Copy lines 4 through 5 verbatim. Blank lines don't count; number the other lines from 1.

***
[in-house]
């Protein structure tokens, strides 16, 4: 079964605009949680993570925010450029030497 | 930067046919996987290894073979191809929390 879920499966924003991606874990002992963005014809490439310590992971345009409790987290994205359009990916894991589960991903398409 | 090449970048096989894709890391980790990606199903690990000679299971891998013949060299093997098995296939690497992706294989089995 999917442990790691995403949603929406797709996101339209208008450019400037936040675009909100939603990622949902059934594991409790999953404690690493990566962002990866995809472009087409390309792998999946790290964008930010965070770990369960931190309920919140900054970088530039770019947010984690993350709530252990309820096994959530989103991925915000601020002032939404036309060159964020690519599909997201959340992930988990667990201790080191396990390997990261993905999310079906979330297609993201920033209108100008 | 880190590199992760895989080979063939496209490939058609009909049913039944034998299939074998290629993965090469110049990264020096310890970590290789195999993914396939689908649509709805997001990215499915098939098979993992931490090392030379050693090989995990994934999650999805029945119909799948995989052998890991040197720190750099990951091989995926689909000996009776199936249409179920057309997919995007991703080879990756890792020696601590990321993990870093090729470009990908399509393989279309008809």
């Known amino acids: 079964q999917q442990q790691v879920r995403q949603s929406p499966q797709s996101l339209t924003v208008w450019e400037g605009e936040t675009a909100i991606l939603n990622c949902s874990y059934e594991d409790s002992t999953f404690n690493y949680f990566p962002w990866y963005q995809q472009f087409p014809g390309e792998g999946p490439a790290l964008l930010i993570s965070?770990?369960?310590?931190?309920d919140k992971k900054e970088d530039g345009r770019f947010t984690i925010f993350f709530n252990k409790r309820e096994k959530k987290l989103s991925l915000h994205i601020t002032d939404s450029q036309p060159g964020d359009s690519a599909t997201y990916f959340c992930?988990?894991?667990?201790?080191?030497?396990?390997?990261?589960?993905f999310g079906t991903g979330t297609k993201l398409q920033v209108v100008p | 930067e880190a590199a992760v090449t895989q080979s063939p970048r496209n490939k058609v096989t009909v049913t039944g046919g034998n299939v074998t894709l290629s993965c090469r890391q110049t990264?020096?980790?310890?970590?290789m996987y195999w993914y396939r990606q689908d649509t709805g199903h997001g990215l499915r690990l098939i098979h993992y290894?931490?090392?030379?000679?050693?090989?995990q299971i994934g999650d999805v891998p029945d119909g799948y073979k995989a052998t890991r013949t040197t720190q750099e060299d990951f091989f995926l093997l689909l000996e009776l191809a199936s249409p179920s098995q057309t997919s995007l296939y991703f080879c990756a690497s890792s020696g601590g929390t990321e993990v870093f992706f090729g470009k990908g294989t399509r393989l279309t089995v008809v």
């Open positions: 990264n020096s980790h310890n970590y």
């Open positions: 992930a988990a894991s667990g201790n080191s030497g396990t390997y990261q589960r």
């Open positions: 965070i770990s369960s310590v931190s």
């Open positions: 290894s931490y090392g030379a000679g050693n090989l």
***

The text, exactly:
């Open positions: 990264n020096s980790h310890n970590y």
């Open positions: 992930a988990a894991s667990g201790n080191s030497g396990t390997y990261q589960r």